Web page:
It is not uncommon to need a sine wave but how do you generate it? The “best” or most appropriate method for a particular application depends on several things such as:

- frequency,
- purity required,
- amplitude,
- possible synchronization with another frequency,
- variable frequency and/or amplitude.

At lower frequencies a Wien bridge might be considered – for frequencies of up to maybe 1MHz (although in theory it could be used considerably higher in frequency). One disadvantage is it is not easily tunable because the frequency depends on more than one component. Also Wien bridge oscillators need an amplitude stabilization method. This is often a JFET but could be diode based, or even using a small incandescent lamp (not my preferred approach!) or thermistor.

Other options are LC or crystal oscillators which have their place in the designer’s tool kit. If you need to generate a sine wave which is based on a given clock then a different approach is required. A typical situation would be where you need a sine wave based on a precision frequency generated by a microcontroller, CPLD or FPGA. In that case you would presumably have a square wave and need to generate your sine wave from that. If you could make your square wave frequency higher than the desired sine wave then you could digitally generate a sine wave using a sine lookup table. That is the principle used in some DDS (Direct Digital Synthesis) chips – using a DAC (Digital to Analog Converter) and generating the analog values of the sine wave in your digital device. You would also need some analog filtering to remove the higher frequency components of the resulting stepped waveform.

You don’t even need to use a DAC – you could use sine PWM (Pulse Width Modulation). Here you would generate a square wave at a multiple of the desired sine wave and vary the width – not linearly but in a sinusoidal fashion. Then simply filter the output to end up with a sine wave. The waveform below shows the sine PWM signal (top – red) and the filtered result. In this case the PWM frequency is a little under 40 times the desired sine wave frequency.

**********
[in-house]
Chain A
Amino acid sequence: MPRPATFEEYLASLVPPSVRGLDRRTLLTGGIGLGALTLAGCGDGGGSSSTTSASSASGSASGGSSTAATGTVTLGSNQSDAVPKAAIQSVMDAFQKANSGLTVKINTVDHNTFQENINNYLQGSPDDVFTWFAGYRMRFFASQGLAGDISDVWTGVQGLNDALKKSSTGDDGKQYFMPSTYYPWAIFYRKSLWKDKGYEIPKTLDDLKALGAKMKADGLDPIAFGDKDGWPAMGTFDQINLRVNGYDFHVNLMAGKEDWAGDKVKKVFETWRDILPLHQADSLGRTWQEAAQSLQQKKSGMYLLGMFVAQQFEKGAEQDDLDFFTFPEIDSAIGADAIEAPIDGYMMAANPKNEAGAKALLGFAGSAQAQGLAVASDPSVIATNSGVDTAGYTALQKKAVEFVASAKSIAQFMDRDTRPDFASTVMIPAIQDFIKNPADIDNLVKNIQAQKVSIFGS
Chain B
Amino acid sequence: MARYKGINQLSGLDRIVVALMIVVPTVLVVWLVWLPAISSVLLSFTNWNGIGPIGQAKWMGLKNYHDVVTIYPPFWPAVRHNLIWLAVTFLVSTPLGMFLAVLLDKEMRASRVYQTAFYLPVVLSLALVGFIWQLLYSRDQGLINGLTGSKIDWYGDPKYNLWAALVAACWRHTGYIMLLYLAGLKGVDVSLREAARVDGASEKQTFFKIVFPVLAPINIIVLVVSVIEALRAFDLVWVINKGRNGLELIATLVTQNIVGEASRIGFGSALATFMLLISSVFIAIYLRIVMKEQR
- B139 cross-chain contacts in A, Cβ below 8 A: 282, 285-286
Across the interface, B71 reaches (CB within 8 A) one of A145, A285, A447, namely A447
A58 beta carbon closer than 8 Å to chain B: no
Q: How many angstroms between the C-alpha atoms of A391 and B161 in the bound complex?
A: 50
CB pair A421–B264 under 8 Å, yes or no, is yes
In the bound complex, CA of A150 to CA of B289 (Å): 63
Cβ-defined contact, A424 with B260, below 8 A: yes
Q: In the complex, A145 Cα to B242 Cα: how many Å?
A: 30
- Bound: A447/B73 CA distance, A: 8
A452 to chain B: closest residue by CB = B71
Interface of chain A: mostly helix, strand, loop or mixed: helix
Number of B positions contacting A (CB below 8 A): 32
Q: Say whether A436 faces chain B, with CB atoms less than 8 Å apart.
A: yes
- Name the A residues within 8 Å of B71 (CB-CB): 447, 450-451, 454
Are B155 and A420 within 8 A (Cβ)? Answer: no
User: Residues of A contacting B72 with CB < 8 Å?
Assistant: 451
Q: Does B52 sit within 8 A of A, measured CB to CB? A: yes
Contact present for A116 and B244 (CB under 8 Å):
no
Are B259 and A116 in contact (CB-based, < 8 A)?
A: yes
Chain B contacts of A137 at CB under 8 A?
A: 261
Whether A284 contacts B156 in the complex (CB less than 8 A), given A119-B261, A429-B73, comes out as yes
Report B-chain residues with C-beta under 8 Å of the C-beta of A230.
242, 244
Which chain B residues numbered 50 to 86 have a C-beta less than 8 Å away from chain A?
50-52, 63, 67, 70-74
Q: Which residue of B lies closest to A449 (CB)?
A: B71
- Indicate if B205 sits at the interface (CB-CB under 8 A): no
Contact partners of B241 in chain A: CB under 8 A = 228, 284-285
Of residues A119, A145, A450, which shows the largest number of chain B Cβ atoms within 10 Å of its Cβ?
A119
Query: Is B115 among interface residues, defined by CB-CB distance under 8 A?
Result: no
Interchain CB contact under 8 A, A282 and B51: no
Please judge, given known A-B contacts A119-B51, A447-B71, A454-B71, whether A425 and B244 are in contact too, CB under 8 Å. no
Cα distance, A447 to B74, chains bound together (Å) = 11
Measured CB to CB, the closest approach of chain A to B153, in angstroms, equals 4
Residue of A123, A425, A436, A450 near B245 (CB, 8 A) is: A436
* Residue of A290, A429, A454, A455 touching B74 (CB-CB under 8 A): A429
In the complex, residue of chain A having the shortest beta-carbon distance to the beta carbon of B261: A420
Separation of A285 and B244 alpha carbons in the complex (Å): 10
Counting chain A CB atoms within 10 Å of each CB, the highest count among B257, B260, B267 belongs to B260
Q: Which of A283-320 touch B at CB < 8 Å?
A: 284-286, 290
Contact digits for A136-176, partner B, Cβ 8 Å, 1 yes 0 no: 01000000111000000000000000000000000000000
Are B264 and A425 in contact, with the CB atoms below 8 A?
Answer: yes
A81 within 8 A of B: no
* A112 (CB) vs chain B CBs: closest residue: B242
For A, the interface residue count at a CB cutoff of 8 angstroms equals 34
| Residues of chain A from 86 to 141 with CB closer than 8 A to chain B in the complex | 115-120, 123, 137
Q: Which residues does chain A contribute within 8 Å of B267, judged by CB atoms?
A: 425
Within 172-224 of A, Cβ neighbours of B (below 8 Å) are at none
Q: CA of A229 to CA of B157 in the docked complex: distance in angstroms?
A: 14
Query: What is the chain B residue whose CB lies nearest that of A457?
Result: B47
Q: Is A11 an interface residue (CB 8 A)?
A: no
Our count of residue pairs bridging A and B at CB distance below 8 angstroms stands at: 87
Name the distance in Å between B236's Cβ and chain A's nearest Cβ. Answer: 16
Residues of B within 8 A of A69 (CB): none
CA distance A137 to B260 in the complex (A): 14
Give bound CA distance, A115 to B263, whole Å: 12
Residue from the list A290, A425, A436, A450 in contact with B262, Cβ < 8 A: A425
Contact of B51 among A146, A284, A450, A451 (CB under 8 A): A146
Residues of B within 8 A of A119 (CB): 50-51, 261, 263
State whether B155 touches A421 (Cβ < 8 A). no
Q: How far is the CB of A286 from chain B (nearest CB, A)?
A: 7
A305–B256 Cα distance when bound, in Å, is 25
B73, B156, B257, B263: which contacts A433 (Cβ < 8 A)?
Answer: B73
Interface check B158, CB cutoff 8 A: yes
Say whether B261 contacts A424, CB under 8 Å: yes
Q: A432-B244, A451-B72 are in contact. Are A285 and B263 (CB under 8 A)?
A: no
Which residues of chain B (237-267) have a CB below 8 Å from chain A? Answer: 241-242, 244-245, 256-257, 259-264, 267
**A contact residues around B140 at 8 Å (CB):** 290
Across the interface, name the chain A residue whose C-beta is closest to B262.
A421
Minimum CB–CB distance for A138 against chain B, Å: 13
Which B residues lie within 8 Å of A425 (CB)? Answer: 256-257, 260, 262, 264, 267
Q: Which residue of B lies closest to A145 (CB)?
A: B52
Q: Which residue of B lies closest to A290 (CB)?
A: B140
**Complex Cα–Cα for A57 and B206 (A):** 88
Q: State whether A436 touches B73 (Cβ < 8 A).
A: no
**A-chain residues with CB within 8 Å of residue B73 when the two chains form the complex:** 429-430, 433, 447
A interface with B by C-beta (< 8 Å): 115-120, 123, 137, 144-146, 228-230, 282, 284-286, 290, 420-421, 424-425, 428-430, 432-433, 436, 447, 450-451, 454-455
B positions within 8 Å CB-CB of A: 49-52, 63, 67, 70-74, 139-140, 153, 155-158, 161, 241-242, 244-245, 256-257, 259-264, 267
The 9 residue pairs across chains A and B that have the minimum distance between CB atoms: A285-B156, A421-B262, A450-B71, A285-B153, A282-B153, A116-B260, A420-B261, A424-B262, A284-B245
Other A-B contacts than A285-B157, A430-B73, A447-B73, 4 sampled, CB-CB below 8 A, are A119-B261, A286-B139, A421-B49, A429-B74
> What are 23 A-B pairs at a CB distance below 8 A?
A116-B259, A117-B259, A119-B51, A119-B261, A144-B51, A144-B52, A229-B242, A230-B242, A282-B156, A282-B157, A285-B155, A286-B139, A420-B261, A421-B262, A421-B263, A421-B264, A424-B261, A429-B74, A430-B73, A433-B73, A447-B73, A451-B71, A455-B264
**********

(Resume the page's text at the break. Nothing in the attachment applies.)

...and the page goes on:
Doing the same thing with a DAC produces a similar result but with the pre-filtered output looking a little different:

Another method is simply to filter a square wave. In that case you will generate a waveform at the same frequency as the square wave rather than a lower frequency. The trade off then comes from how much filtering you need to do to achieve the signal purity you require. The DAC and sine PWM approach can have very simple filtering as the unwanted harmonics are many times the sine frequency. A two pole filter will give very good results and even a single pole filter can be used if the PWM frequency is high enough. The filter would be chosen to attenuate the PWM/DAC frequency while not affecting the sine frequency, but this does not preclude having a variable frequency. Reducing the frequency would involve changing the PWM data but still sending it to the filter at the same frequency. In this was the filtering can stay the same even with a variable frequency.

Variants of these techniques are used in power inverters – using multi-level inverters or a combination of multi-level inversion with sine PWM. Those techniques involve switching power to a positive and negative voltage, zero volts and two or more voltages in between. This creates a very crude DAC based signal but with only 5 levels (or 7 or more depending on how many levels are used). The “DAC” in this case is actually high power and driving an inverter transformer. Adding the “sine PWM” to the technique can smooth out the large steps which result from such coarse steps.

Using a square wave at the same frequency as the desired sine wave requires high suppression of the third harmonic without affecting the fundamental signal. A 4 pole Chebyshev filter is probably the minimum in order to obtain a good sine purity. Having a variable frequency is then tricky.

Another technique which is not commonly used in discrete circuitry, but can make sense in an analog custom IC is to shape a triangle wave. A triangle is easy to generate simply by charging and discharging a capacitor with a constant current. It also isn’t too far from a sine wave with only 12% distortion. Rather than simply filtering the triangle, it can be “shaped”. This is something illustrated by the late Hans Camenzind in his “Designing Analog Chips” book. The principle is simply round off the peaks of the triangle so it looks more sinusoidal. His proposed circuitry is shown below:

and the results: